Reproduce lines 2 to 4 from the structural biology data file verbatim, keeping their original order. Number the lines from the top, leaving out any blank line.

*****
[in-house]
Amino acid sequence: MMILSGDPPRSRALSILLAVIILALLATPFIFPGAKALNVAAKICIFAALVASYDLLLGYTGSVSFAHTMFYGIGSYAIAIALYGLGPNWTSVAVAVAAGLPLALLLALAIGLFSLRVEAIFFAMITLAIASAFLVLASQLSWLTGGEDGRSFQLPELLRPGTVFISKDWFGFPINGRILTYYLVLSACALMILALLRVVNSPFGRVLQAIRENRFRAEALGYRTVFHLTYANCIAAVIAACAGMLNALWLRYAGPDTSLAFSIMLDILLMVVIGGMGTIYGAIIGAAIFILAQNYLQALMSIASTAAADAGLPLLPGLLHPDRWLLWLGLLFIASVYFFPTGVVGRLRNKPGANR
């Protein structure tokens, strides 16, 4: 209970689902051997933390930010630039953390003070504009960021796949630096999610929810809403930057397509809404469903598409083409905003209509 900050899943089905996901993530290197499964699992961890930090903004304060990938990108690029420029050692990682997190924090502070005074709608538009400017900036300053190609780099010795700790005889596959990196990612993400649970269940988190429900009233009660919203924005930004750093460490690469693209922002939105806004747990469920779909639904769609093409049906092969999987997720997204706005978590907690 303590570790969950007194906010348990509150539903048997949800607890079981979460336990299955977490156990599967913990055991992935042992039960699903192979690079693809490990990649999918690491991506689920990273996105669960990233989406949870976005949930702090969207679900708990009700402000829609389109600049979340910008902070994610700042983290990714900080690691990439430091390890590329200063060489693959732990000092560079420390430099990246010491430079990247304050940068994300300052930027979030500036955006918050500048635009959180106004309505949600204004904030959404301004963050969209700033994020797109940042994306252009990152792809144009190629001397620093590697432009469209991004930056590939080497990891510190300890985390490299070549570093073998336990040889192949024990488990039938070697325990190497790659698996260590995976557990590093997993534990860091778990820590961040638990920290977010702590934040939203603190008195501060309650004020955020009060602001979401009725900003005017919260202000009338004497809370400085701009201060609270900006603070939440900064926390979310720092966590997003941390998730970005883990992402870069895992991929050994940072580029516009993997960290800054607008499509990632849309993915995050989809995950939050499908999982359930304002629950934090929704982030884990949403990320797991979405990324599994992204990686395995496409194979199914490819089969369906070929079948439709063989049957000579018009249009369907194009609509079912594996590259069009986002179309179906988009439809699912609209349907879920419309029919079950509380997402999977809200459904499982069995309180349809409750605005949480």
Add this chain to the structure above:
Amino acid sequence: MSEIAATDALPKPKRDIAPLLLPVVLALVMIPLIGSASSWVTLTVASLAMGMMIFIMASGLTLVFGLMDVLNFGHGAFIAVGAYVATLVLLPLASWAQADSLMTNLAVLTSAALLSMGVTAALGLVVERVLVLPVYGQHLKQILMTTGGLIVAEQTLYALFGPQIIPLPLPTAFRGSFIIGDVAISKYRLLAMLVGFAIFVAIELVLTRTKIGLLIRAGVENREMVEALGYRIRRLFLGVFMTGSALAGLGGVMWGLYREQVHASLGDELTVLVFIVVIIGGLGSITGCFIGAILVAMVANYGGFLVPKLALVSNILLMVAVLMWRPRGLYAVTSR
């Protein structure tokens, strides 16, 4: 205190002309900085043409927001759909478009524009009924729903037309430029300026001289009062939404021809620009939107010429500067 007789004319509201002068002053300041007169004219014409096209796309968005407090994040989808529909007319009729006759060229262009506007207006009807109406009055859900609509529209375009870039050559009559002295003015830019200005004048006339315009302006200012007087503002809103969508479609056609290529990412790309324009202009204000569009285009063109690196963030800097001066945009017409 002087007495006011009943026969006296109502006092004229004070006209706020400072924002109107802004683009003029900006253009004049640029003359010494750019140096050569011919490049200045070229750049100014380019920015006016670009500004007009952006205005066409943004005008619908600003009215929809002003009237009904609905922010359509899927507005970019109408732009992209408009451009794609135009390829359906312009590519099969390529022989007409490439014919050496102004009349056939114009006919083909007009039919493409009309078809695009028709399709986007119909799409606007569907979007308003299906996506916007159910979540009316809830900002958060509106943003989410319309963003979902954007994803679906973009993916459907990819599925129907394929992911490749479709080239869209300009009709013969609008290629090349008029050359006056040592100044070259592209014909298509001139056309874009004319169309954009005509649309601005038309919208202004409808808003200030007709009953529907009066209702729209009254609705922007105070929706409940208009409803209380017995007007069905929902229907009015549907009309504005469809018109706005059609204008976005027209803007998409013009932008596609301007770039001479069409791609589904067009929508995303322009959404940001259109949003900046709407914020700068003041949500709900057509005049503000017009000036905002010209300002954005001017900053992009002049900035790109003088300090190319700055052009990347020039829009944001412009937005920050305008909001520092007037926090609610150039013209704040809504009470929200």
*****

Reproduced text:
Amino acid sequence: MMILSGDPPRSRALSILLAVIILALLATPFIFPGAKALNVAAKICIFAALVASYDLLLGYTGSVSFAHTMFYGIGSYAIAIALYGLGPNWTSVAVAVAAGLPLALLLALAIGLFSLRVEAIFFAMITLAIASAFLVLASQLSWLTGGEDGRSFQLPELLRPGTVFISKDWFGFPINGRILTYYLVLSACALMILALLRVVNSPFGRVLQAIRENRFRAEALGYRTVFHLTYANCIAAVIAACAGMLNALWLRYAGPDTSLAFSIMLDILLMVVIGGMGTIYGAIIGAAIFILAQNYLQALMSIASTAAADAGLPLLPGLLHPDRWLLWLGLLFIASVYFFPTGVVGRLRNKPGANR
């Protein structure tokens, strides 16, 4: 209970689902051997933390930010630039953390003070504009960021796949630096999610929810809403930057397509809404469903598409083409905003209509 900050899943089905996901993530290197499964699992961890930090903004304060990938990108690029420029050692990682997190924090502070005074709608538009400017900036300053190609780099010795700790005889596959990196990612993400649970269940988190429900009233009660919203924005930004750093460490690469693209922002939105806004747990469920779909639904769609093409049906092969999987997720997204706005978590907690 303590570790969950007194906010348990509150539903048997949800607890079981979460336990299955977490156990599967913990055991992935042992039960699903192979690079693809490990990649999918690491991506689920990273996105669960990233989406949870976005949930702090969207679900708990009700402000829609389109600049979340910008902070994610700042983290990714900080690691990439430091390890590329200063060489693959732990000092560079420390430099990246010491430079990247304050940068994300300052930027979030500036955006918050500048635009959180106004309505949600204004904030959404301004963050969209700033994020797109940042994306252009990152792809144009190629001397620093590697432009469209991004930056590939080497990891510190300890985390490299070549570093073998336990040889192949024990488990039938070697325990190497790659698996260590995976557990590093997993534990860091778990820590961040638990920290977010702590934040939203603190008195501060309650004020955020009060602001979401009725900003005017919260202000009338004497809370400085701009201060609270900006603070939440900064926390979310720092966590997003941390998730970005883990992402870069895992991929050994940072580029516009993997960290800054607008499509990632849309993915995050989809995950939050499908999982359930304002629950934090929704982030884990949403990320797991979405990324599994992204990686395995496409194979199914490819089969369906070929079948439709063989049957000579018009249009369907194009609509079912594996590259069009986002179309179906988009439809699912609209349907879920419309029919079950509380997402999977809200459904499982069995309180349809409750605005949480």
Add this chain to the structure above: